Pope Francis' Korea visit ignites movement toward unity

Pope Francis speaks to religious communities at the Training Center 'School of Love' in Kkottongnaeon, South Korea, Aug. 16, 2014. Credit: Alan Holdren/CNA.

A South Korea-based U.S. missionary who frequently crosses the border to North Korea to bring medicine and support says that Pope Francis' visit advanced efforts to heal a divided country.
 
Father Gerard Hammond, an 81-year-old Maryknoll missionary, has lived in South Korea since 1960 and has made 51 trips to North Korea since 1995.

His mission: to stop deaths from Multi-Drug Resistant Tuberculosis in North Korea.
 
“Due to do the security laws in South Korea, it is very difficult to send humanitarian aid to North Korea without the agreement of the Ministry of Reunification,” the priest told CNA.
 
Fr. Hammond can enter North Korea thanks to the Eugene Bell Foundation, a U.S.-based organization allowed admission to enter the country to give humanitarian aid, which includes a “slot” for Catholic missionaries. The latest trip took place this spring from Apr. 21-May 6.
 
Their work is well-known in the Vatican, and Pope Francis had been informed about them.
 
“He met each one of the 14 Maryknollers in our Seoul House. When Pope Francis met me, he spoke two words, 'North Korea-tuberculosis' and squeezed my arm,” Fr. Hammond recounted.
 
He stressed that “the visit of our Holy Father was a great blessing for all of us especially for the Korean people that have suffered so much. His visit left a tremendous impression on all Koreans, Catholic and non-Catholic.”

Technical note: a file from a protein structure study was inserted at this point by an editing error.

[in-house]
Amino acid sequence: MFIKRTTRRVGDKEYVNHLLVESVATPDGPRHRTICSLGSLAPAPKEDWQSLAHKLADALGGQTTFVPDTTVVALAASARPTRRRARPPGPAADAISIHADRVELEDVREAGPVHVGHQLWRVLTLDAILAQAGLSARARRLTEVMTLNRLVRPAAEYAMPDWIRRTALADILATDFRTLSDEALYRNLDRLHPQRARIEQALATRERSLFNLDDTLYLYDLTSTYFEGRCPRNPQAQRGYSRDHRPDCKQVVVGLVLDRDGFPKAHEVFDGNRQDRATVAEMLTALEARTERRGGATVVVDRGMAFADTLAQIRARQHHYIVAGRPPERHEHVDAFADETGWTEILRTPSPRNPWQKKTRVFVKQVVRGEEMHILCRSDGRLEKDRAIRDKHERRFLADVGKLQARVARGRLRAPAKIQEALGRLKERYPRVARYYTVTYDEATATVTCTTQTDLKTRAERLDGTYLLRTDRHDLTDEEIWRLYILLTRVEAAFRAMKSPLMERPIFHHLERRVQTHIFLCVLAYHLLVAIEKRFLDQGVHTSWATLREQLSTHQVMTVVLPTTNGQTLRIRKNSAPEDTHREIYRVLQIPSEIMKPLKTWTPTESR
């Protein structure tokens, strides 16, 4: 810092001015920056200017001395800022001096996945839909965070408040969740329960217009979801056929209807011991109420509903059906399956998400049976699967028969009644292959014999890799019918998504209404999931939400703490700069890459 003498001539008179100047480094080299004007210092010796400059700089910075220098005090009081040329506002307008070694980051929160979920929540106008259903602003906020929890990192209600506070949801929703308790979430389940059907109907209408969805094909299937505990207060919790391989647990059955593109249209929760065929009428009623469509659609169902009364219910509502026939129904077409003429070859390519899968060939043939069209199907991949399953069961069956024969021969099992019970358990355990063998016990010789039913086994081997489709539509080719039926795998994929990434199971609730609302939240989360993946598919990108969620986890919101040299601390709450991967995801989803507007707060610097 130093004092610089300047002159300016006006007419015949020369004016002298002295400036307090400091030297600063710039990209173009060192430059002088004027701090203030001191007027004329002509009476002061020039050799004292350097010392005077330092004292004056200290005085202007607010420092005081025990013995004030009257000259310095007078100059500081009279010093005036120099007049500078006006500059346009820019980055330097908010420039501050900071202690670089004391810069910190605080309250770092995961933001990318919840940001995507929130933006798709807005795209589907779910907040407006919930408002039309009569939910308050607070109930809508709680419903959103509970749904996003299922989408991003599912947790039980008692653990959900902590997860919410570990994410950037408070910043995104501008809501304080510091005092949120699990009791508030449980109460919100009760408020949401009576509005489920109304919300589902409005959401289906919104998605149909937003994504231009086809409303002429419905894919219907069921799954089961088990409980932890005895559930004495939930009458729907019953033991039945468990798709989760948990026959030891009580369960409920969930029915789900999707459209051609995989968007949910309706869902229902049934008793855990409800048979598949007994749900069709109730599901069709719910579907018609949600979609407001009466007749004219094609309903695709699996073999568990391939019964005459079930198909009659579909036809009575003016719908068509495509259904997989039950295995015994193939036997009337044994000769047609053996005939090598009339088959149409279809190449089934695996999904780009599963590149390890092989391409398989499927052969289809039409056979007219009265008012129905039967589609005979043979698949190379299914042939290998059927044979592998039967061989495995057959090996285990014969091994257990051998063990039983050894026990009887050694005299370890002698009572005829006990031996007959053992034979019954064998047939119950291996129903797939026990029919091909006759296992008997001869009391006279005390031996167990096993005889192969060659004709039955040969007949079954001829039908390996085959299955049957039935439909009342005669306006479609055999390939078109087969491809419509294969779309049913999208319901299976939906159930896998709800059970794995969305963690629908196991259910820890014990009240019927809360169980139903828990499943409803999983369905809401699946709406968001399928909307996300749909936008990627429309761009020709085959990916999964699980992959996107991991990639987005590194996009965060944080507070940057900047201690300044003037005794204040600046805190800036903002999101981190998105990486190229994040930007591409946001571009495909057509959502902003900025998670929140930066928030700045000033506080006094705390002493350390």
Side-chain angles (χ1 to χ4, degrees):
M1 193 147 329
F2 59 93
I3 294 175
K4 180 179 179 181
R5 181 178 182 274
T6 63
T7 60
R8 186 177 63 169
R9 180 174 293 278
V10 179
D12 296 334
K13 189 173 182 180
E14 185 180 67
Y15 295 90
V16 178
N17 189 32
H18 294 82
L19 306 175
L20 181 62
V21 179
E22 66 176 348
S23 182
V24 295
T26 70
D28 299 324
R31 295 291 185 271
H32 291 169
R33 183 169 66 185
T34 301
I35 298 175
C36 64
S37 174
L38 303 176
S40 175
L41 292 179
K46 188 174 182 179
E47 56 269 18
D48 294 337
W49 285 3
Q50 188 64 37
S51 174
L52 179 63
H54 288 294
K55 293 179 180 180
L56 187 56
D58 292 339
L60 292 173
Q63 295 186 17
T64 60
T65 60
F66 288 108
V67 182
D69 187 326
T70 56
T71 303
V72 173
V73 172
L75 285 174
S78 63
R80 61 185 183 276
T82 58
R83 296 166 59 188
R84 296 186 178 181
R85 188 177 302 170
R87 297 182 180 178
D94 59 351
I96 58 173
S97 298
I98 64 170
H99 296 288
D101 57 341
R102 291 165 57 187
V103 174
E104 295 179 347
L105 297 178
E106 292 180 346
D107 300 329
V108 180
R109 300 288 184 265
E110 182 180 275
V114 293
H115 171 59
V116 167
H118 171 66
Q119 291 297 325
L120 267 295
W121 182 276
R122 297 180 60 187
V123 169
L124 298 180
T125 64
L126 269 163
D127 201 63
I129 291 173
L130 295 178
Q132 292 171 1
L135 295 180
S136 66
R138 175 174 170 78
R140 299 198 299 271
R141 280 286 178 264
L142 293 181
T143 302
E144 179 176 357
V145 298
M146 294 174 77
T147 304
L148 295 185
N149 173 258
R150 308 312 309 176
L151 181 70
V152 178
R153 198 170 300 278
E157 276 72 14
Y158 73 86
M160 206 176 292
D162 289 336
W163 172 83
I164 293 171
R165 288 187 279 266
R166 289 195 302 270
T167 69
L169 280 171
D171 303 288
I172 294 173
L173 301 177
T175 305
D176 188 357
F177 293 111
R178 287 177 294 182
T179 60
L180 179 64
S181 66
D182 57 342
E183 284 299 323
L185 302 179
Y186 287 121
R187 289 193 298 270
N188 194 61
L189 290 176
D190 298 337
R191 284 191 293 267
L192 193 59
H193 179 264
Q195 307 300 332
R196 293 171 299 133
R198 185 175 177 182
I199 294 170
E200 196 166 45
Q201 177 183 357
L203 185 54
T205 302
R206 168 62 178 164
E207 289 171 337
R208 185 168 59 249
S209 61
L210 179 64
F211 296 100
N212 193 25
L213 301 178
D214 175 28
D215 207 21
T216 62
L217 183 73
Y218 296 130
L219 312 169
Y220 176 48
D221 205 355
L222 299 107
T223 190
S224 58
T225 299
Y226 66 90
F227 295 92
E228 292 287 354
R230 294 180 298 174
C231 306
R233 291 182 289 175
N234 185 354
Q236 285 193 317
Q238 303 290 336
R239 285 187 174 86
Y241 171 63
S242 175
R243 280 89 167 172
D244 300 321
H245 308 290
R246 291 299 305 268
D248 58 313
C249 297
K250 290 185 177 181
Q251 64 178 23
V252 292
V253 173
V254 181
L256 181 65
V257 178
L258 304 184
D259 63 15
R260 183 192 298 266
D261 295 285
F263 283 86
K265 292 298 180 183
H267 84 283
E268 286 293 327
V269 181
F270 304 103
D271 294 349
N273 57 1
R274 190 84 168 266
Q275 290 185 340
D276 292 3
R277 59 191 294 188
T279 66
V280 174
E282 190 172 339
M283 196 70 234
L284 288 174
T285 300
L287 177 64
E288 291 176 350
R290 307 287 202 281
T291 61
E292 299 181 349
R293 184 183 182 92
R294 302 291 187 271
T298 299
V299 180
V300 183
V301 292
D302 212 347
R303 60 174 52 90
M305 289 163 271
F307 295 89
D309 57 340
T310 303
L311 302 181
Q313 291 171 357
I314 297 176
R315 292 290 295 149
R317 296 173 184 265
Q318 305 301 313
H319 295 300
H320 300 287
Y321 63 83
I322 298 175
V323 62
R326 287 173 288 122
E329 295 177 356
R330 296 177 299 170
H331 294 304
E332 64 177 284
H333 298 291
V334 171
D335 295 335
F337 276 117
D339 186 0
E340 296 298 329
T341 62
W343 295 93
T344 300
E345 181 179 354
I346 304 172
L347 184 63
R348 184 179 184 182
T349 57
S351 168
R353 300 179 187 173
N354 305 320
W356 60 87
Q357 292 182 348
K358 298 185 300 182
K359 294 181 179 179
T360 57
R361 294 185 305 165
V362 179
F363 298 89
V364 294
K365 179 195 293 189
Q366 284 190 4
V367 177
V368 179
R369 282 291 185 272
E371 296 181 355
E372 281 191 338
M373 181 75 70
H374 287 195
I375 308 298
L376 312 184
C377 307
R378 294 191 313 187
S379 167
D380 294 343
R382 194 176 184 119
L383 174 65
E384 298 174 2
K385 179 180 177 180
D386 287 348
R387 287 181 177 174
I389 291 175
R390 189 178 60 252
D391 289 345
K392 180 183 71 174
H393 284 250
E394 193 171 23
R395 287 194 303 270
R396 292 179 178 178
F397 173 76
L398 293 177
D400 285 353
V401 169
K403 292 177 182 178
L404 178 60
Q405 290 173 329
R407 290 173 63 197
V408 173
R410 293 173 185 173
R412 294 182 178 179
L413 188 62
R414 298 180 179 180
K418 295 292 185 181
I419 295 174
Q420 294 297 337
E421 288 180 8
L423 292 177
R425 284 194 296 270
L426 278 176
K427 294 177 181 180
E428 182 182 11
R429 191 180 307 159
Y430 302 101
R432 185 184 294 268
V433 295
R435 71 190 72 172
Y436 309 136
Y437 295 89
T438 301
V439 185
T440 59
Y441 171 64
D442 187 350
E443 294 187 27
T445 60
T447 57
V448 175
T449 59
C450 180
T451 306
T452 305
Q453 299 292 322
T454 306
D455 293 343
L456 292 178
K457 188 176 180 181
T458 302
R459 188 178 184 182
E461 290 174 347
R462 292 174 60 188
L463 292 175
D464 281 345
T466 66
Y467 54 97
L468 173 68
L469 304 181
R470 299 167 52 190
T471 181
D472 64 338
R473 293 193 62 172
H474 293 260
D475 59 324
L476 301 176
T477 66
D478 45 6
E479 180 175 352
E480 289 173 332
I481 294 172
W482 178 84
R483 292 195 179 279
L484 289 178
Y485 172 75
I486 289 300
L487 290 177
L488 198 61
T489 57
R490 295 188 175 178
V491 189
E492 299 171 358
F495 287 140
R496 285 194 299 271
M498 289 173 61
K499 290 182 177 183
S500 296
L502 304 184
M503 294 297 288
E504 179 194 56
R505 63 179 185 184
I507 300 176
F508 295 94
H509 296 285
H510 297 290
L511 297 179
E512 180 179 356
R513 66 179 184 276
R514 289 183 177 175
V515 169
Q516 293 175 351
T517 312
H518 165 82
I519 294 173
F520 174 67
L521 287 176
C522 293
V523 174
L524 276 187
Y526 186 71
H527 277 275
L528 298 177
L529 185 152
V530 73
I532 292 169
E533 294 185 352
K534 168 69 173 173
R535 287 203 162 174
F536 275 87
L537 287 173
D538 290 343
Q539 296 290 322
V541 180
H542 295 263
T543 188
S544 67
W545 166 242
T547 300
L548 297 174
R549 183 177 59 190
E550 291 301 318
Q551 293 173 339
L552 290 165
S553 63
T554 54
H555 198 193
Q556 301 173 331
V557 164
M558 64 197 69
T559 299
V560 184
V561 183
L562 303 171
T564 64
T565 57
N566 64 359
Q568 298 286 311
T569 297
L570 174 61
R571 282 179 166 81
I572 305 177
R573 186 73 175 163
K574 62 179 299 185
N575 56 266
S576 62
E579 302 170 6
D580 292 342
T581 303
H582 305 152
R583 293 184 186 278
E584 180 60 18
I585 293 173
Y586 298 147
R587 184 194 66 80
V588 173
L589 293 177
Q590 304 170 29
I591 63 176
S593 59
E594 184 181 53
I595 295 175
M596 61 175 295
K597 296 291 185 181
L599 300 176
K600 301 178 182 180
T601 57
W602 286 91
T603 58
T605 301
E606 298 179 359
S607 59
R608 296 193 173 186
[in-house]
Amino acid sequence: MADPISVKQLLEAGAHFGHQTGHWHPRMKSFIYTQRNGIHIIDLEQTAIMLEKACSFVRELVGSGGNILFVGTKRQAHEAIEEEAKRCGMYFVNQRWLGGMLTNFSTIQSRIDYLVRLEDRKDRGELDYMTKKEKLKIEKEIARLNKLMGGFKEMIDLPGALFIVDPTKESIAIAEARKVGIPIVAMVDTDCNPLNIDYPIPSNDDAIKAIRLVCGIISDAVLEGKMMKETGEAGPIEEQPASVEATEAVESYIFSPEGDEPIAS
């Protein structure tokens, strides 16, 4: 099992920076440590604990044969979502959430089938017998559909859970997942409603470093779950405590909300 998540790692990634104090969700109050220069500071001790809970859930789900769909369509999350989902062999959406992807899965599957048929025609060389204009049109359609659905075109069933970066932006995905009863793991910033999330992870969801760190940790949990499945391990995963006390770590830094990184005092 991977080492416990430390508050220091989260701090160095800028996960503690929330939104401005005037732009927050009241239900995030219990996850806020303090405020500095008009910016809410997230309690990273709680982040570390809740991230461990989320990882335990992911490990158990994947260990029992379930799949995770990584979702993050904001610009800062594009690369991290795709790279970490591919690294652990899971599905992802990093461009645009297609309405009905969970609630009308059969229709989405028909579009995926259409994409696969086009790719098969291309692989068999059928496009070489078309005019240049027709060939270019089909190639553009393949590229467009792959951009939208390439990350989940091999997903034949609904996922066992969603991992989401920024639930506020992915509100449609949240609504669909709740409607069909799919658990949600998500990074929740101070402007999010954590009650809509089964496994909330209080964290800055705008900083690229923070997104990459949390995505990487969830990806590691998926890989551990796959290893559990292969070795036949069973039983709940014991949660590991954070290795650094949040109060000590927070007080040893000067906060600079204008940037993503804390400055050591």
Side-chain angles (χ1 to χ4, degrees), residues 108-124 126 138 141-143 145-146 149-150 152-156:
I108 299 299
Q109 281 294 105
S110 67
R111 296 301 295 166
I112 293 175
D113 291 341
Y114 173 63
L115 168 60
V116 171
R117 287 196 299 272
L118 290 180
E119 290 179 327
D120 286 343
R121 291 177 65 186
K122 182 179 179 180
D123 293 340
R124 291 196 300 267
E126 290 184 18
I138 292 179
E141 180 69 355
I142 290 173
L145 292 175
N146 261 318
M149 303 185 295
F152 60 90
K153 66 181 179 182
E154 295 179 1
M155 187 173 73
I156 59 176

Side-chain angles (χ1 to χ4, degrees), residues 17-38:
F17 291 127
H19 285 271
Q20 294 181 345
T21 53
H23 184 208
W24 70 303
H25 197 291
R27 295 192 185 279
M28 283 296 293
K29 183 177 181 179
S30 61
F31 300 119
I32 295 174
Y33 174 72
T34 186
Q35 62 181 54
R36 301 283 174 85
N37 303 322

“Now we have to implement the challenge to heal a divided country, society and church,” he said.

“I hope the visit of the Holy Father to be the spark for the beginning a move toward Peace on the Peninsula and for Reconciliation for the peoples of North and South Korea.”
 
Fr. Hammond will return to North Korea for a trip this fall from Oct. 13-Nov. 4, saying that “there is no shortage of places and people that need help, whether it is through medicine, diagnostic machines, or other critical supplies.”
 
Until now, “we delivered medical supplies to patients in 12 treatment centers. Starting early in the morning, we work ceaselessly to make sure all the patients waiting at each center could be tested and we could enroll as many new people as possible.”
 
Fr. Hammond explained CNA that the missionaries are able to use six Gene X-perts – state-of-the-art medical devices “that allow us to diagnose Multi Drug Resistant Tuberculosis within 2 hours and deliver medicine to critically-ill patients without having to wait 6 months until our next trip.”

“On each trip we treat a 1,000 Multi Drug Resistant tubercolosis patients.”
 
Until now, the missionaries have cured more than 70 percent of their patients, compared with a worldwide cure rate of only 48 percent.
 
Fr. Hammond recounted that “for the past few years, we have been providing nutritional assistance to patients to supplement their diet and aid in their quick recovery.”
 
“Patients receiving nutritional assistance have gained weight, energy, and are better prepared to finish their difficult multi-drug resistant treatment.”
 
He said he has been “happy to see patients who once had difficulty just holding up their boxes of medicine now happily talking about how they had put on extra pounds.”

For the majority of patients in North Korea who have been “suffering for years” from the condition, “there is no option for treatment” and “reliable testing for MDR-TB is not yet widely available.”
 
“For the sake of the unreached people of North Korea, we must keep fighting to bring medicine,” Fr. Hammond said.


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